As usual, I’m talking to myself here. This week, I feel like I forgot how to draw. Maybe it’s just a lack of focus. Perhaps bad news and worries are bedeviling my noticing skills. I can’t seem to scan a shape and recall it long enough to sketch what I just saw.

If you’re in the same boat this week, let’s take a collective deep breath, and re-commit to the salve of art-making. We can preserve the space where we create things as sacred, and encouraging, so the tenderest parts of us feel the need to return to it, over and over again for shelter.

Thanks for stopping in, and I’ll see you in the next post.


P.S. Watch this 2 minute video and read the accompanying essay from CNN: they asked nine artists why it’s important to be creative during a Pandemic.

P.S.S If you know someone who belittles their creative results, share this with them.

Art Quote

Perhaps creativity’s greatest mercy is this: By completely absorbing our attention for a short and magical spell, it can relieve us temporarily from the dreadful burden of being who we are. Best of all, at the end of your creative adventure, you have a souvenir – something that you made, something to remind you forever of your brief but transformative encounter with inspiration.

Elizabeth Gilbert, Big Magic

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20 thoughts on “How to Talk Yourself into Painting More Often”

  1. Hi Sue, I’m so glad this post resonated with you! Thanks for letting me know the active problem-solving style of critiquing is working for you. I hope those excellent steps you just took create a life-long habit of marching forward with your art. Carry on, my friend!

  2. Another brilliant post. Thank you so much for the encouragement and I have already tried out your advice at critiquing my work. It’s SO helpful! I never know what direction I’m going in, but this approach focused me to try again and attempt a new approach from a YouTube video 😁

  3. (Sorry. Hit Ctrl-Enter by mistake.)

    Great post, and thanks for the mention 😉 !

    A lot of what you have to say, it seems to me, also applies to those of us trying to learn a new programming language. From that realm, here is an additional piece of advice that is pretty much universally given by good programmers: code for one half-hour per day, every day.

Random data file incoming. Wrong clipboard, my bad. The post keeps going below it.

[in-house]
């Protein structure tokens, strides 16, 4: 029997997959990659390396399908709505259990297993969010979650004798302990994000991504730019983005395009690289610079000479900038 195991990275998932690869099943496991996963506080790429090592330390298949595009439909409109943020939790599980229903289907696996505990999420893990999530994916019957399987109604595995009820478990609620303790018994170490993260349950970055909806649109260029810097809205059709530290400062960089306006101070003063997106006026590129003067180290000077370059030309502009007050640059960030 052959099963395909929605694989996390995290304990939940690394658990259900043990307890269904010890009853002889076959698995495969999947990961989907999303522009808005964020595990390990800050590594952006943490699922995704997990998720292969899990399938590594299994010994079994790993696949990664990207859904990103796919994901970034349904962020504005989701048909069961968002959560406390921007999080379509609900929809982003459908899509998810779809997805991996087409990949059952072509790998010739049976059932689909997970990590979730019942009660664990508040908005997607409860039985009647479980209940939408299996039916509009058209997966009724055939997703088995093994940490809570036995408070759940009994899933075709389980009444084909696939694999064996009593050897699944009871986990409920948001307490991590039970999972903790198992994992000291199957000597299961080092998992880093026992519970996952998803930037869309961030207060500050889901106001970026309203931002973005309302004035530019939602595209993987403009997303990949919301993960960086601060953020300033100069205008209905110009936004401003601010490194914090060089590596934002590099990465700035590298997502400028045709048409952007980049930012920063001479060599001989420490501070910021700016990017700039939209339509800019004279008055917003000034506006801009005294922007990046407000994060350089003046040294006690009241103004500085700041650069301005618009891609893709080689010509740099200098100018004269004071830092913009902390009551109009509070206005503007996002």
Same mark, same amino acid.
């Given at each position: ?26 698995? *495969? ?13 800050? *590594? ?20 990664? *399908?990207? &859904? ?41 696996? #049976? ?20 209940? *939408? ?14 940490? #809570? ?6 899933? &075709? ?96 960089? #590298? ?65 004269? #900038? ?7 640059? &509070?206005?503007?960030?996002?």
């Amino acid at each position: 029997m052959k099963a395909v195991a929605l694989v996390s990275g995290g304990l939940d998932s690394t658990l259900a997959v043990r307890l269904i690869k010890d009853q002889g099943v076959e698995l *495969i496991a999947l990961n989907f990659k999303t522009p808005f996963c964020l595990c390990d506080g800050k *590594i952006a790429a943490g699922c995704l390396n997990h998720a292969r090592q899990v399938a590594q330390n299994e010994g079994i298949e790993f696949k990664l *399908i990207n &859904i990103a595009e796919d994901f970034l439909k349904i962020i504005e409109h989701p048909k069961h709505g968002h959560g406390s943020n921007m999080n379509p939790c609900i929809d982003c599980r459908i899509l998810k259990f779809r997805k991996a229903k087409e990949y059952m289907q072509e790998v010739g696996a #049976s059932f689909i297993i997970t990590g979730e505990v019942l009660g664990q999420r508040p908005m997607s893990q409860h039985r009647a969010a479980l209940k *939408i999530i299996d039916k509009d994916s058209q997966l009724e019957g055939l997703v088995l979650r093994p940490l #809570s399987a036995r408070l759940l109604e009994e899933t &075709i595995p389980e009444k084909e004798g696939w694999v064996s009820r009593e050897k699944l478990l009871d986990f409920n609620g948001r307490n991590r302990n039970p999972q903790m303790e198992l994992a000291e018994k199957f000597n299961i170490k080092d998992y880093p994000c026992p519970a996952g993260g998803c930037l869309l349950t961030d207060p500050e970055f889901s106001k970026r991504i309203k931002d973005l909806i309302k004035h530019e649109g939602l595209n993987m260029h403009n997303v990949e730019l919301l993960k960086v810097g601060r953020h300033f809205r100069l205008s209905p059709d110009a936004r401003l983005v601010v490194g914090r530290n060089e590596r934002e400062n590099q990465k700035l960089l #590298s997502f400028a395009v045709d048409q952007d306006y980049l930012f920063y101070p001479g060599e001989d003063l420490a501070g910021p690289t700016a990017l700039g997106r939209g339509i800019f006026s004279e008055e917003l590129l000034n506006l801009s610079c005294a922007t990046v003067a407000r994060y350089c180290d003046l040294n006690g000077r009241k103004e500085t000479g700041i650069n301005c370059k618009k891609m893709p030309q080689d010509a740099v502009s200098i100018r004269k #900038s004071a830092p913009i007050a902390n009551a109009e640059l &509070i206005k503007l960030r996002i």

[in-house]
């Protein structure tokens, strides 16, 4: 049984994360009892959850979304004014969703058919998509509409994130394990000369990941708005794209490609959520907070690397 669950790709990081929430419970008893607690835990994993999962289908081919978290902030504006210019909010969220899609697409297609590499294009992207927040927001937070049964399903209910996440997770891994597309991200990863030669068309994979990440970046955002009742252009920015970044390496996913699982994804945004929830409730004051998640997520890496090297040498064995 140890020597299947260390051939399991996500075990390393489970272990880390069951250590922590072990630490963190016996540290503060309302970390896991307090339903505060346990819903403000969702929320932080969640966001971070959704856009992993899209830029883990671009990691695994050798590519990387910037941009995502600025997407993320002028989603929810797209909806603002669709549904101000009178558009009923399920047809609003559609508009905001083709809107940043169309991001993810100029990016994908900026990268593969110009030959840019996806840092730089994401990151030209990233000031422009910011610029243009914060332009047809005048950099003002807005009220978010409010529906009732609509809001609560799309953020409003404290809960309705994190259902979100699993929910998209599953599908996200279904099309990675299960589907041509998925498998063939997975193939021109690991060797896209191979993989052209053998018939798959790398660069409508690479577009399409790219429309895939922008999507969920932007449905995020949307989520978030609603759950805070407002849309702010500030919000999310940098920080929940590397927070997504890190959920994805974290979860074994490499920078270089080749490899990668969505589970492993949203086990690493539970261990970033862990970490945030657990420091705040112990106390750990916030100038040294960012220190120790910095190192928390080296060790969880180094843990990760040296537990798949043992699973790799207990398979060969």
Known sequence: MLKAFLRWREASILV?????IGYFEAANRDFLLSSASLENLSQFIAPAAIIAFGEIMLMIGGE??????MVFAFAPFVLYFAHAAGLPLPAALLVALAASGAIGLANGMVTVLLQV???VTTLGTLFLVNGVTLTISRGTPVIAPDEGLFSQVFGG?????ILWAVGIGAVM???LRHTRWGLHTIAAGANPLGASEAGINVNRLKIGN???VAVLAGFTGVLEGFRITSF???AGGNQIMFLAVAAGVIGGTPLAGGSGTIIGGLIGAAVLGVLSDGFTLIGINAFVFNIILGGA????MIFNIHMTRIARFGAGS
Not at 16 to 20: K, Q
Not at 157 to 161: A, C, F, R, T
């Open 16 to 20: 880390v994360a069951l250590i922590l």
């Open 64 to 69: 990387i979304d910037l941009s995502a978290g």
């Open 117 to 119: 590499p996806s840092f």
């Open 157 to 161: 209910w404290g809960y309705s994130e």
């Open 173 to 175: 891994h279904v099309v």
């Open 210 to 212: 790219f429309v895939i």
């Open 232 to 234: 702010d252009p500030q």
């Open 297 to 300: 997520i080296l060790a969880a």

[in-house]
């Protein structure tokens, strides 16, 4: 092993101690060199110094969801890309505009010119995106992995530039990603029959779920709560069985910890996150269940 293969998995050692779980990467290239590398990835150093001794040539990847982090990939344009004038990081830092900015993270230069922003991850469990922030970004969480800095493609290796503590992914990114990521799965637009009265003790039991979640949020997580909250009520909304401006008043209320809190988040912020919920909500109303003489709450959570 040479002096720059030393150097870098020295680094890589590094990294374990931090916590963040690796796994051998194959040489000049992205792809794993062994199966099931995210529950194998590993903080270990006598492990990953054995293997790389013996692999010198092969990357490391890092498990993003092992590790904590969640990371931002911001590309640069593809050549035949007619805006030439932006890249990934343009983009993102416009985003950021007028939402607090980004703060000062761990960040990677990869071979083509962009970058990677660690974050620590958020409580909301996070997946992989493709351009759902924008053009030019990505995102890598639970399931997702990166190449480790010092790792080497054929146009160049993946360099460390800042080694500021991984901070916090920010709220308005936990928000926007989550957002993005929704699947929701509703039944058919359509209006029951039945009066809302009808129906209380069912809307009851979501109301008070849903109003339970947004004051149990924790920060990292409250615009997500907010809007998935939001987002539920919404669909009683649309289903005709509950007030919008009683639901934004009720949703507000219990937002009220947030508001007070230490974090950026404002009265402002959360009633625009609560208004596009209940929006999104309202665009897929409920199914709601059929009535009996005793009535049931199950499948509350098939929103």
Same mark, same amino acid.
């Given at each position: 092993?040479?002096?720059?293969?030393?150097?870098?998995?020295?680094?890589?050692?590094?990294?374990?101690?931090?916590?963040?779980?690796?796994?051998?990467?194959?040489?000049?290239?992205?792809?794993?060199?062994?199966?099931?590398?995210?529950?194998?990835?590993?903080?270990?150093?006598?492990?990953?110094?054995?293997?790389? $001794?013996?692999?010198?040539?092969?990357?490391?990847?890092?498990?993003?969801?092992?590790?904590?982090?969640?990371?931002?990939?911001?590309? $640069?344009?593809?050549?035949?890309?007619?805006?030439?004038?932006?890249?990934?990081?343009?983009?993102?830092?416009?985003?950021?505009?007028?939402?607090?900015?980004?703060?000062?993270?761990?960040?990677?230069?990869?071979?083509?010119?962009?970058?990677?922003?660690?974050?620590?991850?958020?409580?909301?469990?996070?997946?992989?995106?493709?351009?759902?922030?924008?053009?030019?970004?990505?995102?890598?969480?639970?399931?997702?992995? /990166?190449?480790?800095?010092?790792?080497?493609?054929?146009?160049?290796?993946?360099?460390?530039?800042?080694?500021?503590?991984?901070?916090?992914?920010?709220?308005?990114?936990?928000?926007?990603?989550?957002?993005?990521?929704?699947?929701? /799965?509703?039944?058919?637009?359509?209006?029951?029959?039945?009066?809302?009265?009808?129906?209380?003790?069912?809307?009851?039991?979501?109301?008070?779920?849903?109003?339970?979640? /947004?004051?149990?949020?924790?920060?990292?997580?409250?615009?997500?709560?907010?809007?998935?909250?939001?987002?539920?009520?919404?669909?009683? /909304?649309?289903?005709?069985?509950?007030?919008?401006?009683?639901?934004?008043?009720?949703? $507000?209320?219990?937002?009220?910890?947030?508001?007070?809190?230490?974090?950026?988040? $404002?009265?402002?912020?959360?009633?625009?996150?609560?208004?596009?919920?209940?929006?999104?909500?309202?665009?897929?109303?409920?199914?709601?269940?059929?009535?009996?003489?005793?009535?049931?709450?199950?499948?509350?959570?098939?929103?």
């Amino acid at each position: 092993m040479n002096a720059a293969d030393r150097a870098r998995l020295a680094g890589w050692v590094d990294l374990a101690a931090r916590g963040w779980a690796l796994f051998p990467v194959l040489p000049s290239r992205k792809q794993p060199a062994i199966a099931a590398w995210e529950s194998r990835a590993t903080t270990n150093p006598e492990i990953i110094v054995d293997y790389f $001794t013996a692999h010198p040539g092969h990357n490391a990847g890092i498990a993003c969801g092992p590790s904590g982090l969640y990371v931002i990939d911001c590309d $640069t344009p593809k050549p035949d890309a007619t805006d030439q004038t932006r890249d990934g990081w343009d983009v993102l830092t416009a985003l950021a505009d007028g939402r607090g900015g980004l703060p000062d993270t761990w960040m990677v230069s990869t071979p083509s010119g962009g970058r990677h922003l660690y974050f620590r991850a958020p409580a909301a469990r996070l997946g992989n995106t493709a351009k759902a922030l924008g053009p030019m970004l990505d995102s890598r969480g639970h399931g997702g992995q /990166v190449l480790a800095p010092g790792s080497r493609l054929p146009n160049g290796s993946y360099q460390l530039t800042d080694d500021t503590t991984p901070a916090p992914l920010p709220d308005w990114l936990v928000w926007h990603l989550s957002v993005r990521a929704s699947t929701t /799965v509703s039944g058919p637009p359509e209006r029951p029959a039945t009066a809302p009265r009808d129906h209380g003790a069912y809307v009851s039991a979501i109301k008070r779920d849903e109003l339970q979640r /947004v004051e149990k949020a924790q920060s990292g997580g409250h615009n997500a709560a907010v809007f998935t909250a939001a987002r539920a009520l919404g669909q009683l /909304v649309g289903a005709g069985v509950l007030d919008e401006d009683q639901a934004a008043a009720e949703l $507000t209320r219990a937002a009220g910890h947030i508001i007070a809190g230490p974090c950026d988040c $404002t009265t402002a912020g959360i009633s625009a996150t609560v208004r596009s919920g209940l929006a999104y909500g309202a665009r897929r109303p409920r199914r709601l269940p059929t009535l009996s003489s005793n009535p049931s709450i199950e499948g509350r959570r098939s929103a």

(I find that advice works best if I think of “every day” as “every work day;” i.e., giving myself planned days off is far better than not doing something on a given day, and thus, having another thing to beat myself up with.)

    There are two aspects to the half-hour aspect: First, if you commit to this line of thinking, half an hour doesn’t seem like a huge chunk of time that you have to budget for. You can think of it as, say, “All right, I’ll knock of my half hour while I’m waiting for the rice to cook.” Second, if you *only* allow yourself to work for that half hour, you find yourself, the next day, looking forward to the next half hour. Of course there is no reason not to continue if you’re on a roll, but be aware that a marathon session can leave you feeling extra uninspired the next day. And by “you” I mean “me,” of course.

    1. 30 minutes a day, Monday through Friday – so what is that – 2 and a half hours a week? That doesn’t seem like a high price to pay on the road to mastery, right? Folks always say to break down the big stuff into manageable parcels, so learning a complex thing with potential frustration hiccups qualifies. And I love the idea of a side hustle. “Yeah, I’m working to get myself awesome at ______ while my rice cooks.” BOOM! 🎙 ⬇️ 💥

  4. You really tapped into something that I ( & it sounds like many others) have been struggling with for the 2 years I’ve been sketching & painting. Literally afraid to pick up the brush because I am sure my last good watercolor creation was an “accident” and I really cant do this! Your article is a terrific insight and an action plan to keep moving forward. Thank you!

    1. Hello Harriet, I’m cheerleading in my more limber, long ago self, with pompoms and nimble leaps that you’ll pick up that paint brush, and give yourself a day to play with paint and paper and water – *without* any attempt at a masterpiece. Just blend colors, make washes, experiment with glazing, do a little color lifting, etc. Make a date with your art supplies for the sheer practice.

  5. Diane Hughes

    Wow! You also have days when you just can’t draw? Thinking about why, a distraction of worry or not feeling well…I never thought to ask that question so that is helpful but just knowing a skilled person like you also has days when the pencil just doesn’t seem to work is useful to know. My art evolution has been a long journey of acquiring self=esteem, and at 70 still hinders my enjoyment. And now I the added challenge of loosing ability due to aging and health issues. But thanks to your monoprint videos. I am currently working on turning some of my drawings into monoprints and just playing.

    1. Hello Diane, Bravo to you for turning drawings into monoprints, and focusing on the PLAY aspect of art-making! I think people don’t anticipate the loss of art-making abilities due to aging or infirmary. But I know so many who gave up art altogether because of just that. I’m glad to know you’re leaping over those obstacles like a gazelle! Do keep at it. And know that you have a lot of company on those days when the pencil just won’t obey our visions for where it should go. We will persevere through it together.